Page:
It’s been a while since I’ve posted some of my own film, rather than digital - so here you go…
squeezebox on Flickr.
nature’s revenge on Flickr.
One of my tree pictures from the ‘Arboretum’ set is in today’s Guardian. More here.
Tree top walk, Kew Gardens, London
portal // twitter // tumblr // facebook // prints // photography // linkedin // graphics // behance // paris tours
the girl who could fly on Flickr.
silbury hill on Flickr.
A poem that spent 150 years buried in the heart of Silbury Hill in Wiltshire, one of the most enigmatic prehistoric monuments in Europe, was written by a teenage girl, William Wordsworth’s second cousin Emmeline Fisher.
Emmie’s poem was placed in an envelope with the following inscription, on the obverse, in the same hand (hers?) as the poem itself -
Lines on the Opening of
Silbury Hill, written by
Miss Emmeline Fisher,
Daughter of The Reverend William
Fisher, Canon of Salisbury and
Rector of Poulshot in Wiltshire
The poem in the urn:
Suggested by the opening
made in Silbury Hill,
Aug 3rd 1849
Bones of our wild forefathers, O forgive,
If now we pierce the chambers of your rest,
And open your dark pillows to the eye
Of the irreverent Day! Hark, as we move,
Runs no stern whisper through the narrow vault?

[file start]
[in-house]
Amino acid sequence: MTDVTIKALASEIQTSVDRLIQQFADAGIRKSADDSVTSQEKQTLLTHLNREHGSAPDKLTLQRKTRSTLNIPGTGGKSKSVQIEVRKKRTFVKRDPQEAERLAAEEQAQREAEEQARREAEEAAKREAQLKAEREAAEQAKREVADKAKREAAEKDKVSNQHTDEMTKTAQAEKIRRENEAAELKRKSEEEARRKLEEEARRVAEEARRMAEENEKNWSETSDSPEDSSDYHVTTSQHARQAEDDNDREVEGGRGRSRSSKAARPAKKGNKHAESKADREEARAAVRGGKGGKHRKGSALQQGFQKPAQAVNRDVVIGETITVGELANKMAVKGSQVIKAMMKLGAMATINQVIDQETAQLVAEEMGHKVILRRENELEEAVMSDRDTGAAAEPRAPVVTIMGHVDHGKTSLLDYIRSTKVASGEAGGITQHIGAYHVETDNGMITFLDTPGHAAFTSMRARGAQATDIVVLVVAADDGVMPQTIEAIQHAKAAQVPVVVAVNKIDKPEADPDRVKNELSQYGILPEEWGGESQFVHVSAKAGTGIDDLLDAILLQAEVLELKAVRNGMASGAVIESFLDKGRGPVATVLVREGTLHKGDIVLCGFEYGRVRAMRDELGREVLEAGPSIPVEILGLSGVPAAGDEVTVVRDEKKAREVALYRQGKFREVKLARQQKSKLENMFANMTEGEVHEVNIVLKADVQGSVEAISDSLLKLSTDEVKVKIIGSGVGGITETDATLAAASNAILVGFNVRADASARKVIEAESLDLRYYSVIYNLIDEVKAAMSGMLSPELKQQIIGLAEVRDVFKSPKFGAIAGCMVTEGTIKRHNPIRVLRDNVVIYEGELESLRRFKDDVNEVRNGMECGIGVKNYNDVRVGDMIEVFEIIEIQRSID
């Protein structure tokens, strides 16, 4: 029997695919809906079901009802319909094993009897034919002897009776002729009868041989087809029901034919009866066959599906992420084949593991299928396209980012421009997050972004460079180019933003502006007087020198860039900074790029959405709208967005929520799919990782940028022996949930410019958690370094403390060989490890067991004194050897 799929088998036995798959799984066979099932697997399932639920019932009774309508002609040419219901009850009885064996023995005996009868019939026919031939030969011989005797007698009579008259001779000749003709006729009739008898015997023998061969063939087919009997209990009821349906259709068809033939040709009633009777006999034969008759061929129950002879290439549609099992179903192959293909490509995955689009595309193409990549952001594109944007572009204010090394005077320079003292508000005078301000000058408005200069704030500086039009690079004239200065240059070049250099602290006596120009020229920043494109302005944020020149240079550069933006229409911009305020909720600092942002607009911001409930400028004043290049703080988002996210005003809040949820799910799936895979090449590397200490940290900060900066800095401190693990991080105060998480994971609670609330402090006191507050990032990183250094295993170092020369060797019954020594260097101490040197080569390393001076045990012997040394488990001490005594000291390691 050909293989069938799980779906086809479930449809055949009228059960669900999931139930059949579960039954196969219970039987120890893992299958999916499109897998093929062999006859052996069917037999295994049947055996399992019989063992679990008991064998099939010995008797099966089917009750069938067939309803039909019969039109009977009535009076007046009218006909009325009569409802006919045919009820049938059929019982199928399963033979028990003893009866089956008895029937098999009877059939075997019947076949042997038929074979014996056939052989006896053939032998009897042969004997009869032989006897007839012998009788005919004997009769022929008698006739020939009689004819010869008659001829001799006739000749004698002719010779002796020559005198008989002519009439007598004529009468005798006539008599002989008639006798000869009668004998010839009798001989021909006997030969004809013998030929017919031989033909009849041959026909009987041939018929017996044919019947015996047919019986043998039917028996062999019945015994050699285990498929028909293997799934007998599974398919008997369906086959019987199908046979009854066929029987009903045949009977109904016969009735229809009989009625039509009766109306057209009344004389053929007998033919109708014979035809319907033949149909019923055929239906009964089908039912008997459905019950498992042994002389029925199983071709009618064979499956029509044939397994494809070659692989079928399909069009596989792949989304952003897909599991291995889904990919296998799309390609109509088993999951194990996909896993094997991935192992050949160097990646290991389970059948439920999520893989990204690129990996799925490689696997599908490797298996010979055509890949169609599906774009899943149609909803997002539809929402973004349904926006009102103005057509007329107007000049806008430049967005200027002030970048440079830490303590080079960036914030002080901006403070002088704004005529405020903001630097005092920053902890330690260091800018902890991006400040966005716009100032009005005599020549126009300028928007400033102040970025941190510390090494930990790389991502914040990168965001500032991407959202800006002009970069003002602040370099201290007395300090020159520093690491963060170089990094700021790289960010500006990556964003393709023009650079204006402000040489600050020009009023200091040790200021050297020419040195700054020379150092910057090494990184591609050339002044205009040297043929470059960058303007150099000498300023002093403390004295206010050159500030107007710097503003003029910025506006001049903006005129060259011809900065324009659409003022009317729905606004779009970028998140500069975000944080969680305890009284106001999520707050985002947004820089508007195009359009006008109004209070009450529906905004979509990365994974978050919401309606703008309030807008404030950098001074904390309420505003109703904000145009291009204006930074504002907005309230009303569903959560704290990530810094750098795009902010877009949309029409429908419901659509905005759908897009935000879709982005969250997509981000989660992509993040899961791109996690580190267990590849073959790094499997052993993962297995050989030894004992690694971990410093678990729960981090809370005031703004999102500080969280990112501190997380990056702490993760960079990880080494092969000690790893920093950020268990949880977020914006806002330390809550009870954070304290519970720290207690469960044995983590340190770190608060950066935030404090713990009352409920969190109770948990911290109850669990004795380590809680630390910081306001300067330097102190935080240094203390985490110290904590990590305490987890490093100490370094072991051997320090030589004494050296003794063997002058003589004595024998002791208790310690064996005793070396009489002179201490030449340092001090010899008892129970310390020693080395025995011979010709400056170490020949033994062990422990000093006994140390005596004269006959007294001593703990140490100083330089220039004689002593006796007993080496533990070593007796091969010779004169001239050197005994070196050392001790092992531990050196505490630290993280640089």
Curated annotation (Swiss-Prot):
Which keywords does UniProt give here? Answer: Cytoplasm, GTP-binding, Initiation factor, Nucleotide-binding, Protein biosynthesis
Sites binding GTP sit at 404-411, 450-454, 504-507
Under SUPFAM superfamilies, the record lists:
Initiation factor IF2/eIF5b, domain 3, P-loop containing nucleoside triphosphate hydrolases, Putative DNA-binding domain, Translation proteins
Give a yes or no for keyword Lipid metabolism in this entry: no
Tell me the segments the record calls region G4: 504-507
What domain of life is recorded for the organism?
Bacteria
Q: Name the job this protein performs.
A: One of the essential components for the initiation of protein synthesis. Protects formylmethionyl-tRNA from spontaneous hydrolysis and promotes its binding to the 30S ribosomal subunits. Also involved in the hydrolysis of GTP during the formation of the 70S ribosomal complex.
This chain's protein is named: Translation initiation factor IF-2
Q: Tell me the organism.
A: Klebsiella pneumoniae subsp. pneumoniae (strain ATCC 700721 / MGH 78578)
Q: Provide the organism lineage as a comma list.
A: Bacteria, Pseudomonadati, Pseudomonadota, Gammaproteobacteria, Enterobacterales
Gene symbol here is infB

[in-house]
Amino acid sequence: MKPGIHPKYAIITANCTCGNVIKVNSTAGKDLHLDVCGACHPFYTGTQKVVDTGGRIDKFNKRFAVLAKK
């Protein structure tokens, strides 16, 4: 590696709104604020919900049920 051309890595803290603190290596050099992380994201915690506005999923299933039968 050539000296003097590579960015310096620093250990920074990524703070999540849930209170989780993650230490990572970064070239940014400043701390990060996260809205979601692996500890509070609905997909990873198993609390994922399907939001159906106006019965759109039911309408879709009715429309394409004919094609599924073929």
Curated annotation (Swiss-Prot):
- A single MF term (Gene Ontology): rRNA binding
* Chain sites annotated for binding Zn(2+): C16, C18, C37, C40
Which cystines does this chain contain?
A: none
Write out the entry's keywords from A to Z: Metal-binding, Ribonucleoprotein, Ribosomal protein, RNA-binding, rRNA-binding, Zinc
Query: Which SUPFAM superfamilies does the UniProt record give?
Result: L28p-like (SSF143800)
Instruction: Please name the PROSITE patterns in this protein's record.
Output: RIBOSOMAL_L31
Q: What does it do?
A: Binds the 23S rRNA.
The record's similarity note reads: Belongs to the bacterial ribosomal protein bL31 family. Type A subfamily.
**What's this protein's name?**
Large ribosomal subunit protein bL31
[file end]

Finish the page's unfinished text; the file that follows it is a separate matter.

Flickers no shape across our torch-light pale,
With backward beckoning arm? No, all is still.
O that it were not! O that sound or sign,
Vision, or legend, or the eagle glance
Of science, could call back thy history lost,
Green Pyramid of the plains, from far-ebbed Time!
O that the winds which kiss thy flowery turf
Could utter how they first beheld thee rise;
When in his toil the jealous Savage paused,
Drew deep his chest, pushed back his yellow hair,
And scanned the growing hill with reverent gaze, -
Or haply, how they gave their fitful pipe
To join the chant prolonged o’er warriors cold. -
Or how the Druid’s mystic robe they swelled;
Or from thy blackened brow on wailing wing
The solemn sacrificial ashes bore,
To strew them where now smiles the yellow corn,
Or where the peasant treads the Churchward path.
Emmeline Fisher (1825-1864)
3 graces on Flickr.
England, dear England
With your lily white skin and rose tinted cheeks
Those dainty hands and strawberry hair
Smelling of dandelion, burdock and weeks
Of rolling in hay, all bonnie and fair
England, dear England
You are my heartland, don’t you see?
All apple orchards and cherry blossom
Tomato plants, cider, funny vicars for tea
Pretty white petticoats and plenty of bosom